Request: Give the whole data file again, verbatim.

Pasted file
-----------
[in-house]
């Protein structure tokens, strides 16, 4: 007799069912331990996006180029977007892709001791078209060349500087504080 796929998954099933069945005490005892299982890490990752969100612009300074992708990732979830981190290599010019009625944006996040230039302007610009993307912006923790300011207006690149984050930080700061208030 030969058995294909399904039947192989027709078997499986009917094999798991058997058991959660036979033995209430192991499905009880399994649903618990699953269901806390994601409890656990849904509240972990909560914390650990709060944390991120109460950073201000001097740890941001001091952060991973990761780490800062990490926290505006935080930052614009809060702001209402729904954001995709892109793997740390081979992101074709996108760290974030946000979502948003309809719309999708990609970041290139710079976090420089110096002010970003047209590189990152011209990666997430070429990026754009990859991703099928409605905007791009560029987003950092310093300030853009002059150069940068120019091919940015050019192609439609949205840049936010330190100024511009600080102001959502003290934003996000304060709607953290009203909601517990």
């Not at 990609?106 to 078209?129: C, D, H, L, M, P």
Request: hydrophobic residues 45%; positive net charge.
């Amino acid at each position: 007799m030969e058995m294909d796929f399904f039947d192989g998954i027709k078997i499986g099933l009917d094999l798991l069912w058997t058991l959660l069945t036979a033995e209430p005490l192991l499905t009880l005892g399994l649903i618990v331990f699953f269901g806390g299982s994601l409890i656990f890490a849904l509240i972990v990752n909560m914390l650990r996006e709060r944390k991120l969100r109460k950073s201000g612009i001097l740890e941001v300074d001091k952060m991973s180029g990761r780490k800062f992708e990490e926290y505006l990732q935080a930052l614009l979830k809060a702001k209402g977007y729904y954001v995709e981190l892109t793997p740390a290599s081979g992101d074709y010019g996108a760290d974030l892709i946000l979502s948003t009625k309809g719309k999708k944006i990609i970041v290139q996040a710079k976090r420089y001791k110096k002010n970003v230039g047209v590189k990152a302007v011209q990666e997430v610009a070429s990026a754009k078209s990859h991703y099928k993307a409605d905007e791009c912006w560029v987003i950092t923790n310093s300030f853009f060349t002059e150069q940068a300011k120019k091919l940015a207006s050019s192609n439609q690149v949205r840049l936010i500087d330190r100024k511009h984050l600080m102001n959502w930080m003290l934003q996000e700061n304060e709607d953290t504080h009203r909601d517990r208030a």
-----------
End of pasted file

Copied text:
[in-house]
């Protein structure tokens, strides 16, 4: 007799069912331990996006180029977007892709001791078209060349500087504080 796929998954099933069945005490005892299982890490990752969100612009300074992708990732979830981190290599010019009625944006996040230039302007610009993307912006923790300011207006690149984050930080700061208030 030969058995294909399904039947192989027709078997499986009917094999798991058997058991959660036979033995209430192991499905009880399994649903618990699953269901806390994601409890656990849904509240972990909560914390650990709060944390991120109460950073201000001097740890941001001091952060991973990761780490800062990490926290505006935080930052614009809060702001209402729904954001995709892109793997740390081979992101074709996108760290974030946000979502948003309809719309999708990609970041290139710079976090420089110096002010970003047209590189990152011209990666997430070429990026754009990859991703099928409605905007791009560029987003950092310093300030853009002059150069940068120019091919940015050019192609439609949205840049936010330190100024511009600080102001959502003290934003996000304060709607953290009203909601517990």
């Not at 990609?106 to 078209?129: C, D, H, L, M, P």
Request: hydrophobic residues 45%; positive net charge.
């Amino acid at each position: 007799m030969e058995m294909d796929f399904f039947d192989g998954i027709k078997i499986g099933l009917d094999l798991l069912w058997t058991l959660l069945t036979a033995e209430p005490l192991l499905t009880l005892g399994l649903i618990v331990f699953f269901g806390g299982s994601l409890i656990f890490a849904l509240i972990v990752n909560m914390l650990r996006e709060r944390k991120l969100r109460k950073s201000g612009i001097l740890e941001v300074d001091k952060m991973s180029g990761r780490k800062f992708e990490e926290y505006l990732q935080a930052l614009l979830k809060a702001k209402g977007y729904y954001v995709e981190l892109t793997p740390a290599s081979g992101d074709y010019g996108a760290d974030l892709i946000l979502s948003t009625k309809g719309k999708k944006i990609i970041v290139q996040a710079k976090r420089y001791k110096k002010n970003v230039g047209v590189k990152a302007v011209q990666e997430v610009a070429s990026a754009k078209s990859h991703y099928k993307a409605d905007e791009c912006w560029v987003i950092t923790n310093s300030f853009f060349t002059e150069q940068a300011k120019k091919l940015a207006s050019s192609n439609q690149v949205r840049l936010i500087d330190r100024k511009h984050l600080m102001n959502w930080m003290l934003q996000e700061n304060e709607d953290t504080h009203r909601d517990r208030a």